The 60 second interview

Posted on 2 Feb 2012

TM quizzes Don Carlson, EMEA education director at design and PLM software vendor Autodesk, on his organisation’s commitment to creating an inspiring future for industry.

Professional certification

In 2011 Autodesk launched a new professional accreditation scheme for design engineers. Richard Lane, senior manager, training and certification at Autodesk explains why.

TM: What are the benefits of professional certification of design software solutions?

RL: For many users, certification represents the next step in the life-long learning cycle that began at school or university. For them, the main benefit is the opportunity to demonstrate their expertise to existing or potential employers and clients. For employers, the process not only helps validate the skills and knowledge of its people, it also helps to accelerate their professional development and improve their productivity, ultimately resulting in enhanced competitive edge for the organisation itself.

TM: Summarise what your division of Autodesk does.

DC: By partnering with academic leaders, Autodesk’s education team helps educators build skills for successful careers in architecture, engineering and digital arts. By providing free software, an online learning community, sustainability workshops and an industry certification programme for professional design software, Autodesk aims to teach, support and assist students throughout their education and beyond. Offering a student expert programme enables Autodesk to assist around 280 students and faculties on campus and give them a chance to work closely with Autodesk and its partners. This gives them exposure to the latest technology and the opportunity to network with industry experts.


TM: How big is your Manufacturing Education community in the UK and Europe? What type of HE & FE organisations are members?

DC: Autodesk’s online education community has over three million members, of which one million are based in the EMEA region. The UK has the highest representation of any country in the region.Students from any HE or FE institution can be part of the community. They just need to apply and register to take part. Companies and institutions cannot sign up directly.


TM: Is there a 2011/2012 trend in the software? Are the drivers behind uptake of Autodesk’s Building information Management software and Product Design Suite, for instance, changing?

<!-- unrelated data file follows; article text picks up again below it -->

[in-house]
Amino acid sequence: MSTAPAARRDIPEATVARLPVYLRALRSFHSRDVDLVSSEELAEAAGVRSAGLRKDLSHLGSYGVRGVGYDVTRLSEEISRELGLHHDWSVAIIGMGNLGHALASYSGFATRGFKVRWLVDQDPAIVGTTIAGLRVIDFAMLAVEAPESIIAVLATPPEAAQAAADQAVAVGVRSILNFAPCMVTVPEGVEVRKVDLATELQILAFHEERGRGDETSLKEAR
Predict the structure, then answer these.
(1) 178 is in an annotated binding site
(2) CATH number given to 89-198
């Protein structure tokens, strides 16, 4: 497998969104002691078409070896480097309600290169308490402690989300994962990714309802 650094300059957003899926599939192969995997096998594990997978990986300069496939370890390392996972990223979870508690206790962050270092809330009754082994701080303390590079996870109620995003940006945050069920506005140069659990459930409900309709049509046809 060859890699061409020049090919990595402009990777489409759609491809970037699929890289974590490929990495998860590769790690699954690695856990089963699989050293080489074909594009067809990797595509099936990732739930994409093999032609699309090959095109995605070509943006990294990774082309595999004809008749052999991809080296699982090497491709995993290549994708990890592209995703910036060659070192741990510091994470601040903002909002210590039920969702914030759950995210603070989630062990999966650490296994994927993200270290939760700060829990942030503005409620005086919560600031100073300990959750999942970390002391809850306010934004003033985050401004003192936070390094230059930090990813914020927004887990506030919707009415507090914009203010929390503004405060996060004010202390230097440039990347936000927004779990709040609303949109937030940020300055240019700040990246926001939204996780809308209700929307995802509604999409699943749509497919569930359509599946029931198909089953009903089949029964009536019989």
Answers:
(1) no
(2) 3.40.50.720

DC: The trend is towards a growing emphasis on workflow. This is leading to greater adoption of industry standards like Building Information Management. Increasingly educational institutions are looking to incorporate BIM into their curricula. As a result, Autodesk Revit becomes even more relevant and applicable as a learning tool. Autodesk’s Product Design Suite is also becoming more popular as institutions focus on end-to-end workflows and on designing and implementing educational programmes around this capability.

“Autodesk’s online education community has over three million members” – Don Carlson, EMEA education director, Autodesk.

TM: What sort of benefits do members get?

DC: Members of the student expert community get access to free software and to a range of partner and commercial organisations. This maximises their industry exposure and enhances their knowledge of the latest innovations.


TM: What is Autodesk Education UK’s ambition?

DC: Autodesk aims to create a solution that is relevant across the school, vocational and higher education space so there is a consistency in terms of the tools and programmes that are used across all levels. Autodesk Education is dedicated to improving this service and the software it offers as part of it.


TM: Is the software in the education programme really ‘free’? Or do you recoup costs in any way?

DC: The software is free to download for all students. The benefit for Autodesk is when students enter the job market, they are more likely both to purchase the software and influence the purchasing decisions of others.